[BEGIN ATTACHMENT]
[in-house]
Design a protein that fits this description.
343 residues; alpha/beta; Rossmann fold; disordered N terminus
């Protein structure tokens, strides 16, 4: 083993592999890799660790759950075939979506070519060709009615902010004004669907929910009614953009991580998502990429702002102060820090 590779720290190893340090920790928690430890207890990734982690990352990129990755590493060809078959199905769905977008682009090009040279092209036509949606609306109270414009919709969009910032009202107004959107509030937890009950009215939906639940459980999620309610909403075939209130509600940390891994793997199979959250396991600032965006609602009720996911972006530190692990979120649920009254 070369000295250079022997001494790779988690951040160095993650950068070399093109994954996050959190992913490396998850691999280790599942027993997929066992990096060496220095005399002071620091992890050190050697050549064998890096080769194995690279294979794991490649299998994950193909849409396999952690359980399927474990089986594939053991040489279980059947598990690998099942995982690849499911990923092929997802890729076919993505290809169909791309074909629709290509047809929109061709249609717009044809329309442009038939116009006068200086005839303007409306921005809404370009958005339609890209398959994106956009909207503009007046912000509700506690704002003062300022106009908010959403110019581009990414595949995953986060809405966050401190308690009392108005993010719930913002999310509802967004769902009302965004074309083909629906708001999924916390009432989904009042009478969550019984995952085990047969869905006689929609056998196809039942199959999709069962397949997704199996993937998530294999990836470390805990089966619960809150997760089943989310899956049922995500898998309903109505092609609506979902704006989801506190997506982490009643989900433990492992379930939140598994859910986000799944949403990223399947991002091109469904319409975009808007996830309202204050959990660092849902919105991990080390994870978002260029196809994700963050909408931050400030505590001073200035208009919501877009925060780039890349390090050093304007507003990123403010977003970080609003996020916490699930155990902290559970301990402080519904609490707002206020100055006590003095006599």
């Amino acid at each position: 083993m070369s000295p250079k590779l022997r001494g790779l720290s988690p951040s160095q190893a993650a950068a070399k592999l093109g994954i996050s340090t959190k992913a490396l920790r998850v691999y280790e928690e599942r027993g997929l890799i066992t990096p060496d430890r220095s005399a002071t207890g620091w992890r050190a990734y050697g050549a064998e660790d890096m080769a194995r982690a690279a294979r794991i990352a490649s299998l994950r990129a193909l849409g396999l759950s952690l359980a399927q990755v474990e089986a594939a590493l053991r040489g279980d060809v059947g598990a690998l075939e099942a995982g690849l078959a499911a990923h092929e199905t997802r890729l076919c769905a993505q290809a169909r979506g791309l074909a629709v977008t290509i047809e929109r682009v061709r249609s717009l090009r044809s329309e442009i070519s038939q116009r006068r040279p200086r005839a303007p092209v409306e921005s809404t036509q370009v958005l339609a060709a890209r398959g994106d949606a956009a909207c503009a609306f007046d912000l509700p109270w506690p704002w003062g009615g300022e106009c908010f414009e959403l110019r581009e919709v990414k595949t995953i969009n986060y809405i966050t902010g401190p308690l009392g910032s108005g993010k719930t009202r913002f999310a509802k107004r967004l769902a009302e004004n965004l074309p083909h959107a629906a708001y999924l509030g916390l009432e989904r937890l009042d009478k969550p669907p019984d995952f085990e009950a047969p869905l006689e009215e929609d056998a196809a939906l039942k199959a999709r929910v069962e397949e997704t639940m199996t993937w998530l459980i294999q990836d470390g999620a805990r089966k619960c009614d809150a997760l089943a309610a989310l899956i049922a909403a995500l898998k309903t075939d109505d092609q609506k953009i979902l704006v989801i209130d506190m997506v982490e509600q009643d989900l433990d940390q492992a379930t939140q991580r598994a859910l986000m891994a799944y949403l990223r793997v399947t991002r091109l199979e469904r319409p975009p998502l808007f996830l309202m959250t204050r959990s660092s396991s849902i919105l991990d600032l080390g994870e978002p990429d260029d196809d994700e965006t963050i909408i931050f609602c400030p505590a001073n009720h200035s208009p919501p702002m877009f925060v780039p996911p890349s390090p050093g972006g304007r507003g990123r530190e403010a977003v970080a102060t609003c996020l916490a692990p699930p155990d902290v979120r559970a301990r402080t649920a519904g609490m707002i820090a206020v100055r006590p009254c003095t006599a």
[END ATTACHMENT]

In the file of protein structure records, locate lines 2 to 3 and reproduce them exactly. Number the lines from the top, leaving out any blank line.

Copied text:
Design a protein that fits this description.
343 residues; alpha/beta; Rossmann fold; disordered N terminus